In home cinema terms, THX is a well-known and highly regarded brand when it comes to quality-guaranteed home theatre audio.
As you may know, THX is a high-fidelity sound production method that was originally developed by George Lucas' production company Lucasfilm in the 1980s for use in the Star Wars movies.
THX is not actually a recording technology or format. Instead, it is defined as a quality assurance system so you know the sound you're listening to is the same as it was when it was mixed by the original filmmakers.
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There is, however, another certification standard, which, if adhered to through calibration, does much the same for video; helping bring the colour, contrast and brightness to a home viewing standard that the original filmmakers had intended.
The Imaging Science Foundation (ISF), originally created by Joel Silver and Joe Kane (of Digital Video Essentials fame), is dedicated to improving the quality of electronic imaging, specifically in the display market. Its ISF/professional calibration training for AV dealers, and the access to advanced picture parameters that ISF-enabled kit provides, are big news for any AV enthusiast looking for the best possible picture performance, and who want the most natural-looking images displayed on their home theatre setup.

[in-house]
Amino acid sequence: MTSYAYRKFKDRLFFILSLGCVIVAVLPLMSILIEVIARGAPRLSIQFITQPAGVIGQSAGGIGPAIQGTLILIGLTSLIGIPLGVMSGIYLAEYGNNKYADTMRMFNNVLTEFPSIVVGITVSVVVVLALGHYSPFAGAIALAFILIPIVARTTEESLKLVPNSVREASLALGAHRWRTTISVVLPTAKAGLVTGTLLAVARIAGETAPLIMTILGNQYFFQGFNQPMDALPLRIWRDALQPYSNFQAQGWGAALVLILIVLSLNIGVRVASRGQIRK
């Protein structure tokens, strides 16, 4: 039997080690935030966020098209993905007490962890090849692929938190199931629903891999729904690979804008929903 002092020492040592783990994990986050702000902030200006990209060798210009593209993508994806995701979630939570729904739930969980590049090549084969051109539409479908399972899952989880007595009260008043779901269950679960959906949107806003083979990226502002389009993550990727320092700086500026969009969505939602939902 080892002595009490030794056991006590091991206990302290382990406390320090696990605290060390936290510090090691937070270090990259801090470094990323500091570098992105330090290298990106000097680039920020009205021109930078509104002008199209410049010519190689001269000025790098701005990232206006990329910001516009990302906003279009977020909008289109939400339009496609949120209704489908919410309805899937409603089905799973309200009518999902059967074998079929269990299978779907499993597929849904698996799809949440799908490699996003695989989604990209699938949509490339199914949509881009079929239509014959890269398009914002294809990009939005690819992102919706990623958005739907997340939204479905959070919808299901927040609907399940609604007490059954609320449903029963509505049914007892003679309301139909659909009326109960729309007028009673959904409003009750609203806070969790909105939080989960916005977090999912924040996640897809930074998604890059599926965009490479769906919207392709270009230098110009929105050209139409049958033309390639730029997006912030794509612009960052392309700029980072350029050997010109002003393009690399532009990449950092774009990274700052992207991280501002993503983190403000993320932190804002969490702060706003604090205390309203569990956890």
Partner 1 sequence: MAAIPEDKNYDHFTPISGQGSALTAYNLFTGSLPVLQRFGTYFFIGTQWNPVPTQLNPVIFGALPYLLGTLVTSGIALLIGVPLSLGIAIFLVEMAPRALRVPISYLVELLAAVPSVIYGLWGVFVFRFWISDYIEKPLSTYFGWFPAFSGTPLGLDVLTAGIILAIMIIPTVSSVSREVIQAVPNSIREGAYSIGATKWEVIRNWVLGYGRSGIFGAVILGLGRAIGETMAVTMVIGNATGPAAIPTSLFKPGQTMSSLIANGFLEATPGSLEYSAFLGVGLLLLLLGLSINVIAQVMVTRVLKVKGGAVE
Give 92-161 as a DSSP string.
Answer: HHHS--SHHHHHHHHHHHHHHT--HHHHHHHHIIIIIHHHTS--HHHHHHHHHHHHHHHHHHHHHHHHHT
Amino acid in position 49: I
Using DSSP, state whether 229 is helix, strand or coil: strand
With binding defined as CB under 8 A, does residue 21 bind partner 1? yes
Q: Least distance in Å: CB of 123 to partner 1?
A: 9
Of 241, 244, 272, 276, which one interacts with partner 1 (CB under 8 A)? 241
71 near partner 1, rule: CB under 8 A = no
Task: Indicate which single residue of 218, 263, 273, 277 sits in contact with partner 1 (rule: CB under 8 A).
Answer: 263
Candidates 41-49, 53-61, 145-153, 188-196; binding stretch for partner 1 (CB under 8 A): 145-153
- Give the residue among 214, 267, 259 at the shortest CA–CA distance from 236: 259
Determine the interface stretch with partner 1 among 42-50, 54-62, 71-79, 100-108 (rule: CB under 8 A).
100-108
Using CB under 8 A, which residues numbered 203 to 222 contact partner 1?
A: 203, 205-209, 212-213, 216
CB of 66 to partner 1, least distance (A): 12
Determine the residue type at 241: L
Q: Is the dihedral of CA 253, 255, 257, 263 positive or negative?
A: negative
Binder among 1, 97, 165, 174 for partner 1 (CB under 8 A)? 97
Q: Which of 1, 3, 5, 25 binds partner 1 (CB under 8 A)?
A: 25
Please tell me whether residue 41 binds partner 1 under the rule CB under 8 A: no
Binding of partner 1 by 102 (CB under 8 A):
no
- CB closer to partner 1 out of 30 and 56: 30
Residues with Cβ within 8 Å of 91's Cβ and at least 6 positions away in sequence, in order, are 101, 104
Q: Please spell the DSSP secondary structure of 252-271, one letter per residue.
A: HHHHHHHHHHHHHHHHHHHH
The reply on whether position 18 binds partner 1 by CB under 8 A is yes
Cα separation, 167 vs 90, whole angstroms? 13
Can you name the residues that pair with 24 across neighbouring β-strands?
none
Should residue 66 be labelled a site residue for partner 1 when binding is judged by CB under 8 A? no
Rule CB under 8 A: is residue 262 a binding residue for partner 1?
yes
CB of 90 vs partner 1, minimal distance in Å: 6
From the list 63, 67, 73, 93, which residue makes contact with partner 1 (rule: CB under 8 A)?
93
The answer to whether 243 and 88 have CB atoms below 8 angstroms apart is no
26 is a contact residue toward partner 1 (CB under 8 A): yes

The reason for this is that correctly ISF-calibrated displays tend to look more natural when it comes to colour because the display is matched to the same D65 (6500K) standard of white as the original lighting and cameras. (See below for more on D65K).
While calibration is possible on any type of conventional screen - using contrast, brightness and colour controls - it's only TVs and projectors with the ISF C3 (Custom Calibration Configuration) feature that can be accessed by trained calibrators for total conformity to the original.
TVs are generally shipped with typical picture settings or, worse still, intentionally over-tuned for a retail environment, which
invariably overcooks the colour gamut (or range), and blasts the brightness to counteract the typical bright shop lighting).
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Of course, accurate measurement and calibration must be done in the ambient lighting conditions in which the display will be used. Indeed increasing or lowering your room's lighting will have an impact on the perceived levels of brightness/contrast that are being displayed on the screen.
In the case of Pioneer ISF-enabled plasma TVs for example, fine tweaking with software such as Datacolor's ColorFacts Professional, which interacts with the ISF C3 controls, will allow the setting of an ISF day and night mode, already embedded and laying dormant within the TV's menu. Although this software must be purchased, there are many websites around that will give you a free trial of it as well.